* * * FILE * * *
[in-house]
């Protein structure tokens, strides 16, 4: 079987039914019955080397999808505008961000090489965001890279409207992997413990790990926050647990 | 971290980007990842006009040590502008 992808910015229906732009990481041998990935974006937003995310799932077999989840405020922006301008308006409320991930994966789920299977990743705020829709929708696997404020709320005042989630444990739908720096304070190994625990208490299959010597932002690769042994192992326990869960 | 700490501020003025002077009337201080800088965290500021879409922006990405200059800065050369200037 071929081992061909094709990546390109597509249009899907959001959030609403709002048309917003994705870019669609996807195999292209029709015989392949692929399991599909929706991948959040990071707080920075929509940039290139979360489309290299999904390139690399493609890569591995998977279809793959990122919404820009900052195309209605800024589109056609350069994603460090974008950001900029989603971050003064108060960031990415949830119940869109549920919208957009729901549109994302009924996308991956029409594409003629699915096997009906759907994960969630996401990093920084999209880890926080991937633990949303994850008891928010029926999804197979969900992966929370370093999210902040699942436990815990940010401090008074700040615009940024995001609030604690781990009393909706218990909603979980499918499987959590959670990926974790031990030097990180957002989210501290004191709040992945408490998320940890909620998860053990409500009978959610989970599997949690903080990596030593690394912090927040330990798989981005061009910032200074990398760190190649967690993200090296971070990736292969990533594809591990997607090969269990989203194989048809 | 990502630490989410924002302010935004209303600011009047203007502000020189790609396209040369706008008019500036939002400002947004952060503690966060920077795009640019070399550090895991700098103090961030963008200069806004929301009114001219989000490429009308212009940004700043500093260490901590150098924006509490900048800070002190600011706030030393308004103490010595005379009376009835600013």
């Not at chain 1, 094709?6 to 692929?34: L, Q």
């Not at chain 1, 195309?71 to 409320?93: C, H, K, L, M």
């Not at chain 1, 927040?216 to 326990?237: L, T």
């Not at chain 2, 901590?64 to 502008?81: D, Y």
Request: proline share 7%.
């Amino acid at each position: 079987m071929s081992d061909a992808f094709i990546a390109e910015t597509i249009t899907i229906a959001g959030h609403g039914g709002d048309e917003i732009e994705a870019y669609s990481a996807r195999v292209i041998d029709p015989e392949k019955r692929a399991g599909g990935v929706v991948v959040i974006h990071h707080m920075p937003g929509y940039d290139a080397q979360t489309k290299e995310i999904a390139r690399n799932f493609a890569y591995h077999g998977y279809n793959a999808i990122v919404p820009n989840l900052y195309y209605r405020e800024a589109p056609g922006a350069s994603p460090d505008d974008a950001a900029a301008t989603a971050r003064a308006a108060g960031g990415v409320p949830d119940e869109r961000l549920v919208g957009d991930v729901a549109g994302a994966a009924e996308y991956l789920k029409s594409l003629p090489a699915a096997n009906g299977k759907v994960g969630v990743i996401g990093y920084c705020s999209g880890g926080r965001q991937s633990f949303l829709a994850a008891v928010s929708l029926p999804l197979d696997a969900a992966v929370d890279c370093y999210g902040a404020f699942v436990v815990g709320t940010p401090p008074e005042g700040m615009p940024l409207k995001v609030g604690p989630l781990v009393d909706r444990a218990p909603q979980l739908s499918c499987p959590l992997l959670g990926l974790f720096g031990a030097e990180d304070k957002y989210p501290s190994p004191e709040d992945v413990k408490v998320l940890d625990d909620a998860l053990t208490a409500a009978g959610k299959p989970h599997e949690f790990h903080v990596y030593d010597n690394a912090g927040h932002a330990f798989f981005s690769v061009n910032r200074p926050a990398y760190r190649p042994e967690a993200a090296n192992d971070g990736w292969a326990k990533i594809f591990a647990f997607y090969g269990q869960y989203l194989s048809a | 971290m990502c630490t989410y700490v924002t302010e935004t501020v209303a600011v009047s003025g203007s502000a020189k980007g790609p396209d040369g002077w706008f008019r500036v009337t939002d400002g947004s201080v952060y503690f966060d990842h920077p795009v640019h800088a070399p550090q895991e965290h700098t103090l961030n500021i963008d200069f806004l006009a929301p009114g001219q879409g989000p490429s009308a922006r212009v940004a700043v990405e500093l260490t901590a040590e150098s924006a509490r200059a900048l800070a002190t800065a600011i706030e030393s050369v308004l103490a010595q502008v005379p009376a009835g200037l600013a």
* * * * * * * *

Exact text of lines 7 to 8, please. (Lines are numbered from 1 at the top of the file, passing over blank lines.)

Request: proline share 7%.
């Amino acid at each position: 079987m071929s081992d061909a992808f094709i990546a390109e910015t597509i249009t899907i229906a959001g959030h609403g039914g709002d048309e917003i732009e994705a870019y669609s990481a996807r195999v292209i041998d029709p015989e392949k019955r692929a399991g599909g990935v929706v991948v959040i974006h990071h707080m920075p937003g929509y940039d290139a080397q979360t489309k290299e995310i999904a390139r690399n799932f493609a890569y591995h077999g998977y279809n793959a999808i990122v919404p820009n989840l900052y195309y209605r405020e800024a589109p056609g922006a350069s994603p460090d505008d974008a950001a900029a301008t989603a971050r003064a308006a108060g960031g990415v409320p949830d119940e869109r961000l549920v919208g957009d991930v729901a549109g994302a994966a009924e996308y991956l789920k029409s594409l003629p090489a699915a096997n009906g299977k759907v994960g969630v990743i996401g990093y920084c705020s999209g880890g926080r965001q991937s633990f949303l829709a994850a008891v928010s929708l029926p999804l197979d696997a969900a992966v929370d890279c370093y999210g902040a404020f699942v436990v815990g709320t940010p401090p008074e005042g700040m615009p940024l409207k995001v609030g604690p989630l781990v009393d909706r444990a218990p909603q979980l739908s499918c499987p959590l992997l959670g990926l974790f720096g031990a030097e990180d304070k957002y989210p501290s190994p004191e709040d992945v413990k408490v998320l940890d625990d909620a998860l053990t208490a409500a009978g959610k299959p989970h599997e949690f790990h903080v990596y030593d010597n690394a912090g927040h932002a330990f798989f981005s690769v061009n910032r200074p926050a990398y760190r190649p042994e967690a993200a090296n192992d971070g990736w292969a326990k990533i594809f591990a647990f997607y090969g269990q869960y989203l194989s048809a | 971290m990502c630490t989410y700490v924002t302010e935004t501020v209303a600011v009047s003025g203007s502000a020189k980007g790609p396209d040369g002077w706008f008019r500036v009337t939002d400002g947004s201080v952060y503690f966060d990842h920077p795009v640019h800088a070399p550090q895991e965290h700098t103090l961030n500021i963008d200069f806004l006009a929301p009114g001219q879409g989000p490429s009308a922006r212009v940004a700043v990405e500093l260490t901590a040590e150098s924006a509490r200059a900048l800070a002190t800065a600011i706030e030393s050369v308004l103490a010595q502008v005379p009376a009835g200037l600013a």